Preventing Skin Cancer
What is skin cancer?
Skin cancer is the most common type of cancer in the U.S. In fact, more than 600,000 Americans develop the disease each year. Most skin cancer is caused by exposure to the sun. However, artificial sources of ultraviolet (UV) radiation, like tanning booths and sun lamps, can also cause skin cancer.
Basal cell cancer is the most common type of skin cancer. It affects the cells beneath the skin and can appear as a solid pinkish nodule, a red spot, a white area resembling scar tissue, or a skin ulcer that does not heal. Squamous cell cancer is less common, but more dangerous because it can spread to other organs. These growths have a more raised or lumpy look and tend to bleed more easily.
Who needs to be concerned about skin cancer?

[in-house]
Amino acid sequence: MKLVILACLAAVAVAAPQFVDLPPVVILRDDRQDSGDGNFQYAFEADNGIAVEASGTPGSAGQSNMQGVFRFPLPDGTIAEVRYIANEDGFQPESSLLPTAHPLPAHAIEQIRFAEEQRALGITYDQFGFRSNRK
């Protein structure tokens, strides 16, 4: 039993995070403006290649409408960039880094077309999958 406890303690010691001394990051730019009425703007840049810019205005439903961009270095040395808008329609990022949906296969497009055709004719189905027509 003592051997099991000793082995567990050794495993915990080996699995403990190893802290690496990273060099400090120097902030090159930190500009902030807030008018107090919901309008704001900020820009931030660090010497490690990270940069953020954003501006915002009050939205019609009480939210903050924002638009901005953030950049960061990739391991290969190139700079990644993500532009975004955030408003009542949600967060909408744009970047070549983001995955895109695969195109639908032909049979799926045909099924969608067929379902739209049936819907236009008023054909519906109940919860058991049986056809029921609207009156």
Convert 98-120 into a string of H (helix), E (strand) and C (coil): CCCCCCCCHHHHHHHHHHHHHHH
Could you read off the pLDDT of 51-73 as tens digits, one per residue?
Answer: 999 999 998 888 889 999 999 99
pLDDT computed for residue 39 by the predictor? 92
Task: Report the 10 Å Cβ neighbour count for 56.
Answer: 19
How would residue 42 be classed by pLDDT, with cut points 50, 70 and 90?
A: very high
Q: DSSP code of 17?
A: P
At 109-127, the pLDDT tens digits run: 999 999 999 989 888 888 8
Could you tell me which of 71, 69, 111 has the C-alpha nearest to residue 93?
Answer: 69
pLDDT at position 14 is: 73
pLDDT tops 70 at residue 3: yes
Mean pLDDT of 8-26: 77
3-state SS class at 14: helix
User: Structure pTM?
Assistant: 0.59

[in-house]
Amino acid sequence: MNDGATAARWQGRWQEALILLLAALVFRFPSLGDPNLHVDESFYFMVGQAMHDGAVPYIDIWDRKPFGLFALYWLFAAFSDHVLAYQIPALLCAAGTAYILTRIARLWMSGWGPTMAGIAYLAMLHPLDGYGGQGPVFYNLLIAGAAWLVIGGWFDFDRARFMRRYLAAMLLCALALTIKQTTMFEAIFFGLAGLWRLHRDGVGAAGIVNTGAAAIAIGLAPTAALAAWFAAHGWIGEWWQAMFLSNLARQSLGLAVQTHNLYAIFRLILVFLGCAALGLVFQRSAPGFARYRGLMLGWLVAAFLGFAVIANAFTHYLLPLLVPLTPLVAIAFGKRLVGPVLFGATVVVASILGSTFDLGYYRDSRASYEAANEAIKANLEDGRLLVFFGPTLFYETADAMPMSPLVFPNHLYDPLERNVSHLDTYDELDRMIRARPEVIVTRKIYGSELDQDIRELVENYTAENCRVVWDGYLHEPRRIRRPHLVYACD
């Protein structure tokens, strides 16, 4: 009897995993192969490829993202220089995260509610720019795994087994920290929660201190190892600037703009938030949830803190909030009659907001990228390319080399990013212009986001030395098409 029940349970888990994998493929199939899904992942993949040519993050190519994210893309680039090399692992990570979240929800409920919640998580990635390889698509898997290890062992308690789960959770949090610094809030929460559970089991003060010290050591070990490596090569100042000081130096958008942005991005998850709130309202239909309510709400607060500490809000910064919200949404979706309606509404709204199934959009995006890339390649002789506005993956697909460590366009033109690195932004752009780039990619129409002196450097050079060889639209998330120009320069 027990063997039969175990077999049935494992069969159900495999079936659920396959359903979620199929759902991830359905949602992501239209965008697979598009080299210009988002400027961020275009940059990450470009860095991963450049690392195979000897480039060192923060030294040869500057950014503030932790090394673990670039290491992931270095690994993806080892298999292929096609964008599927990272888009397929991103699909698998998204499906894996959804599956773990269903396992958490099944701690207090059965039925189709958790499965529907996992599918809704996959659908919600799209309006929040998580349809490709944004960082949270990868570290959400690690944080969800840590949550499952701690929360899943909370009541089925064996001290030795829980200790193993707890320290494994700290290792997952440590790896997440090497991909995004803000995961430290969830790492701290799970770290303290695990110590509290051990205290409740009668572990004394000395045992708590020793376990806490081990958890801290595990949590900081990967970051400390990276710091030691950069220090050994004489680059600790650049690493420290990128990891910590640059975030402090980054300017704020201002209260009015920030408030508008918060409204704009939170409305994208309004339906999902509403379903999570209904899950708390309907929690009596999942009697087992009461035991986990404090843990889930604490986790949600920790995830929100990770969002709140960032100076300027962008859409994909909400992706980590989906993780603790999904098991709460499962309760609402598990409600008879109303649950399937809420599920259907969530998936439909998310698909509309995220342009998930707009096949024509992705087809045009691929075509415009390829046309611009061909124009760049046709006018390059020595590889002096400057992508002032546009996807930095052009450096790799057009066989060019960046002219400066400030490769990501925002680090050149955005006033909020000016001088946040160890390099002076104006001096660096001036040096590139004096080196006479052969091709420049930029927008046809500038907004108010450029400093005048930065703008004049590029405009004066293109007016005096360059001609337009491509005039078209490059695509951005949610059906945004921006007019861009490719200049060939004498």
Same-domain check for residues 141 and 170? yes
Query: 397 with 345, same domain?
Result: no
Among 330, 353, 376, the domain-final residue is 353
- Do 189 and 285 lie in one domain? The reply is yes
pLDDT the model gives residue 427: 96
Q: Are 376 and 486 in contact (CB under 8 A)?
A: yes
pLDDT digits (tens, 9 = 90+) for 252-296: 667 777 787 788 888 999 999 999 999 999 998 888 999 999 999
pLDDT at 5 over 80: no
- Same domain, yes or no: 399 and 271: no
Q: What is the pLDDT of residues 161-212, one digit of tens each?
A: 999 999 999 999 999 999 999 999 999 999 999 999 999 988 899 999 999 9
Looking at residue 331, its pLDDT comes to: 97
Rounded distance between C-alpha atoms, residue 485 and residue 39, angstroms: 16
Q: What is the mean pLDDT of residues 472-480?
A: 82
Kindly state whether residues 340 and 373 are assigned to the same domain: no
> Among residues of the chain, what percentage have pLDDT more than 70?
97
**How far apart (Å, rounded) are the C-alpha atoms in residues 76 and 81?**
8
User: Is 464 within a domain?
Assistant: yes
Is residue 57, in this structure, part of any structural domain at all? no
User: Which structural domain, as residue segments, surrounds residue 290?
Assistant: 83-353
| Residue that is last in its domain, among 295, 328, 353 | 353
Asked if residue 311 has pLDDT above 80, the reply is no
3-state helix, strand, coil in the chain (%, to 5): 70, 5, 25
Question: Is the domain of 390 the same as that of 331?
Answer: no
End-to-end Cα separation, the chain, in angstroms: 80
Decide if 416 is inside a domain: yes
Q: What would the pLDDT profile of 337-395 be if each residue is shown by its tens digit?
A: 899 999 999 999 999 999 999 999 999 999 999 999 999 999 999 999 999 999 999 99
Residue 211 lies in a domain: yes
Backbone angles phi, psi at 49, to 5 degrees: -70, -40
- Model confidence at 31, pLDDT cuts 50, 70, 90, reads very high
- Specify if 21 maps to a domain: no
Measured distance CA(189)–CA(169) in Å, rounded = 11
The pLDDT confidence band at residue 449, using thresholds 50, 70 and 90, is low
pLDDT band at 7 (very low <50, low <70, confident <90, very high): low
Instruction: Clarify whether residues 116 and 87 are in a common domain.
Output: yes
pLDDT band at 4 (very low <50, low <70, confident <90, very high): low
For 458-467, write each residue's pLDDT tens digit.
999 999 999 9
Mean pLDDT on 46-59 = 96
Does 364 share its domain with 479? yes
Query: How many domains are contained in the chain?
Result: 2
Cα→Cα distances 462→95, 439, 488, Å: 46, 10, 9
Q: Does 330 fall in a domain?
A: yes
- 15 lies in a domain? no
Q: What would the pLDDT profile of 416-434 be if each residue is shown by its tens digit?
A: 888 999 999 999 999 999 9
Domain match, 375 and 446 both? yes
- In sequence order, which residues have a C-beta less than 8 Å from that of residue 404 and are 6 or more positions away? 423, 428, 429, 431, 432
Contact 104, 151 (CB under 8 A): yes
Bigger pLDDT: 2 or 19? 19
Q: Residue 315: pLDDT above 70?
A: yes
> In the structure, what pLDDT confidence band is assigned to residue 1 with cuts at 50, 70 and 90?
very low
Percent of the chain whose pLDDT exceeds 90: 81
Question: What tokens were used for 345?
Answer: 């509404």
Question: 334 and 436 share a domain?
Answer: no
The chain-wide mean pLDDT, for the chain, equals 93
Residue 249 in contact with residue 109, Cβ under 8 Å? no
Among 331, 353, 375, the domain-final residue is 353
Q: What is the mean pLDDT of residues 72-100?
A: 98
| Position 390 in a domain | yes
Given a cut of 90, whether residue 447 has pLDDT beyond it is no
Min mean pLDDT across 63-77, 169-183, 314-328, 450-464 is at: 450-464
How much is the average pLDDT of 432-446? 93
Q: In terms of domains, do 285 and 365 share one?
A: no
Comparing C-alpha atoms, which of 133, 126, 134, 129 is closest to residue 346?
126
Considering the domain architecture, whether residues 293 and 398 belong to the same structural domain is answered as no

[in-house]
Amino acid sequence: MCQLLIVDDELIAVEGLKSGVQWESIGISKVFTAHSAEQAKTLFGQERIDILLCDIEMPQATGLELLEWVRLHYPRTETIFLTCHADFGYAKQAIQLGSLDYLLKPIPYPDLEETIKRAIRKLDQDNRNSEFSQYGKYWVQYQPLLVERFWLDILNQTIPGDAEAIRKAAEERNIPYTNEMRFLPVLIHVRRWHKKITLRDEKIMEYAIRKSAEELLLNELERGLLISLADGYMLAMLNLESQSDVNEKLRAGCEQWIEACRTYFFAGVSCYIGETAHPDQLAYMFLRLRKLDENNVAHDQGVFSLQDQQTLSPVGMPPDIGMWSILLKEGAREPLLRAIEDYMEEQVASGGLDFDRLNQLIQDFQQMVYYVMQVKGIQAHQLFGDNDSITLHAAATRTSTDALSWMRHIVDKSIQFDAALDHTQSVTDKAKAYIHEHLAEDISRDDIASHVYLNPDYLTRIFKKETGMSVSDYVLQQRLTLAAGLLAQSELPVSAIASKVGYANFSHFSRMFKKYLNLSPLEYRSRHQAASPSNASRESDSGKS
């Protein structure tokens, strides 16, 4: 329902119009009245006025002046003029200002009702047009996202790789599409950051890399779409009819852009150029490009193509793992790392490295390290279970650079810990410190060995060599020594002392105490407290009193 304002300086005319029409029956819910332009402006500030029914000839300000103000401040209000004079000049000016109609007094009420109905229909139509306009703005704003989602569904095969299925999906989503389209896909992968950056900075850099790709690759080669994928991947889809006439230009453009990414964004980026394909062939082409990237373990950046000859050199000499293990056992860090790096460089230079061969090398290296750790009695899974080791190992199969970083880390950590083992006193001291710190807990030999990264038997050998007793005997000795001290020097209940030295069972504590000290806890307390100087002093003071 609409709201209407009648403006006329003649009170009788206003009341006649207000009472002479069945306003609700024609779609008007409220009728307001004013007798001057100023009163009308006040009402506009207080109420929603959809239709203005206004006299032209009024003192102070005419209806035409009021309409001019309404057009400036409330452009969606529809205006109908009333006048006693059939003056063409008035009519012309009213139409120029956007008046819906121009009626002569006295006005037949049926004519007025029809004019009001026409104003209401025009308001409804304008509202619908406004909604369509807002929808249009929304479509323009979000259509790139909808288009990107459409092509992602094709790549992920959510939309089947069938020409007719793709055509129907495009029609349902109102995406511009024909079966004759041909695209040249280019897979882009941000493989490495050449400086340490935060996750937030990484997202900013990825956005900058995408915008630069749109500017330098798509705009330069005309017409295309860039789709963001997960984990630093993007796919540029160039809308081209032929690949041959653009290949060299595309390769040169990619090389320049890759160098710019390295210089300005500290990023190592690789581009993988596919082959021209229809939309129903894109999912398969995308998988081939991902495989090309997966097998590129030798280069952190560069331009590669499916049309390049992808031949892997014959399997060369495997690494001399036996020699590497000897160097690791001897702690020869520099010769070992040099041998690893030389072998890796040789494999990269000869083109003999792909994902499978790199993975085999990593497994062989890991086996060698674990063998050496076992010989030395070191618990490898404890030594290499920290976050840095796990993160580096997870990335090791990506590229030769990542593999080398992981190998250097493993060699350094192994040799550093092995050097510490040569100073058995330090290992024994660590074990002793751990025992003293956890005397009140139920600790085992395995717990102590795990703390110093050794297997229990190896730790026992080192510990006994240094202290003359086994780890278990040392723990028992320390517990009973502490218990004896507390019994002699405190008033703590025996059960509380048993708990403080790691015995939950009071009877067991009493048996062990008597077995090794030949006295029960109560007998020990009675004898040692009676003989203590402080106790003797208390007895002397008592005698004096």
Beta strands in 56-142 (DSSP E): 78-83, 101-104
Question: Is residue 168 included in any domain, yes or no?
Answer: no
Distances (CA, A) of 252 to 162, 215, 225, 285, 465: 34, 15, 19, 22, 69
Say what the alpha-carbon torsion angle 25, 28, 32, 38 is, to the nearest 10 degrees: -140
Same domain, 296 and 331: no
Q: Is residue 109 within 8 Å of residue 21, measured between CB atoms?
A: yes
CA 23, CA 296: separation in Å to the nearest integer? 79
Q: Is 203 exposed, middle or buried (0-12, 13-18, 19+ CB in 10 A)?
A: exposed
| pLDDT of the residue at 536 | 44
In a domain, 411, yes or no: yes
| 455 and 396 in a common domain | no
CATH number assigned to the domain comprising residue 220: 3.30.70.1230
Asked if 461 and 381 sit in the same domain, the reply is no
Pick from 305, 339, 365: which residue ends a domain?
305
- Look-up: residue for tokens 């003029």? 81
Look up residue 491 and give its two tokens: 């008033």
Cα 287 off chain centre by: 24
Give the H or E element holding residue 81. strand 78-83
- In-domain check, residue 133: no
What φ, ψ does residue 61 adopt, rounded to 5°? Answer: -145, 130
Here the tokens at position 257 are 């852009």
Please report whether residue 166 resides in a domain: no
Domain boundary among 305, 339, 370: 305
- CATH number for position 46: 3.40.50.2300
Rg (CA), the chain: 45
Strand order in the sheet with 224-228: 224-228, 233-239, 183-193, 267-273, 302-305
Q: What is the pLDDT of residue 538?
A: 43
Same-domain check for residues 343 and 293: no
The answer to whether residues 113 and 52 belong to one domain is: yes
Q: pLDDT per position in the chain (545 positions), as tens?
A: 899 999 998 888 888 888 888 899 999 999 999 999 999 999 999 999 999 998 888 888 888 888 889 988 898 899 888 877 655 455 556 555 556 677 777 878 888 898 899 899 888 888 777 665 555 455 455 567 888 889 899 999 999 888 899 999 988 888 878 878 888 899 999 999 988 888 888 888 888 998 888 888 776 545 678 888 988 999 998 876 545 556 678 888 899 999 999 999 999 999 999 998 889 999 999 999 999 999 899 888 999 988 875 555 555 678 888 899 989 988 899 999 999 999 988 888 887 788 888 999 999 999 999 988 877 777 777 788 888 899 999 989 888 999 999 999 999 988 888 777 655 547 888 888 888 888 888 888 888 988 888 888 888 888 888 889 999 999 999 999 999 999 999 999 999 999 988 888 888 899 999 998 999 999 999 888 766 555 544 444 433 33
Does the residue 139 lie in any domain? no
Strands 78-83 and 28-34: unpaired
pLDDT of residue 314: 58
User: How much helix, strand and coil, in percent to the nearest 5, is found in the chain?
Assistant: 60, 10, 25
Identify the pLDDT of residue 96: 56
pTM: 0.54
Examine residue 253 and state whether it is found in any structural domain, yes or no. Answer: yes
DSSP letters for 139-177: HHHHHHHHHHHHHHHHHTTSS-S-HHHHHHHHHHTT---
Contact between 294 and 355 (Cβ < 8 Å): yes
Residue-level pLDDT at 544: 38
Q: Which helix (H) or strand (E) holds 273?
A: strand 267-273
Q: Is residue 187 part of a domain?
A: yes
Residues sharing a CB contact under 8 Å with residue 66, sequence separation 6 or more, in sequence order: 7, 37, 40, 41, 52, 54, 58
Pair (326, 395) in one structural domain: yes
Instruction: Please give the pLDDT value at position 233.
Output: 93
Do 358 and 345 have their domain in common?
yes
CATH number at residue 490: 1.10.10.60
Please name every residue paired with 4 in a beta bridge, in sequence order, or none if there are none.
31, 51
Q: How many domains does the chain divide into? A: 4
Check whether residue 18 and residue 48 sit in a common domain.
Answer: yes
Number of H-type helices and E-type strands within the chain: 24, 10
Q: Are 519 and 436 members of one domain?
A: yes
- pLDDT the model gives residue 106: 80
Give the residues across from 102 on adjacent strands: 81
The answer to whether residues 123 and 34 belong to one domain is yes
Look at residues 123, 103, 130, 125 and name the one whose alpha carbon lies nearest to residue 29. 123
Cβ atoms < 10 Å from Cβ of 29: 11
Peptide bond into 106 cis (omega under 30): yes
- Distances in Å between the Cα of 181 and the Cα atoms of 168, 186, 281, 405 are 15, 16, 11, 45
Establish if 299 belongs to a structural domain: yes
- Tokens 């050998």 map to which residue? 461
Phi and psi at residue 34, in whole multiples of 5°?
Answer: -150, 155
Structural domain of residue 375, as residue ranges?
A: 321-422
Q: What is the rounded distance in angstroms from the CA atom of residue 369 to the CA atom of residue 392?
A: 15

Everyone! Anybody can develop skin cancer, but the risk of doing so is even higher if:
- You have red or blond hair, blue or light-colored eyes, or fair skin;
- You freckle or burn easily;
- You have had substantial lifetime exposure to the sun;
- You have a personal history of nonmelanomatous skin cancers.
What can I do to prevent skin cancer?
The easiest and most effective way to prevent skin cancer is to reduce your exposure to the sun.
- Try not to spend too much time in the sun, especially mid-day sun (between 10 a.m. and 2 p.m.).
- Wear loose-fitting, light-colored, long-sleeved clothing when outdoors, and consider wearing a broad-brimmed hat.
- Use a sunscreen with a sun protective factor (SPF) of at least 15. But beware! Wearing a sunscreen does not mean you can sit in the sun all day!
Skin cancer is preventable, but if it is found and brought to a doctor's attention in its earliest stages, it is almost always curable.
Skin cancer is most often found on the face, neck, and arms, but can occur anywhere. Check your skin regularly, and report anything unusual to your doctor.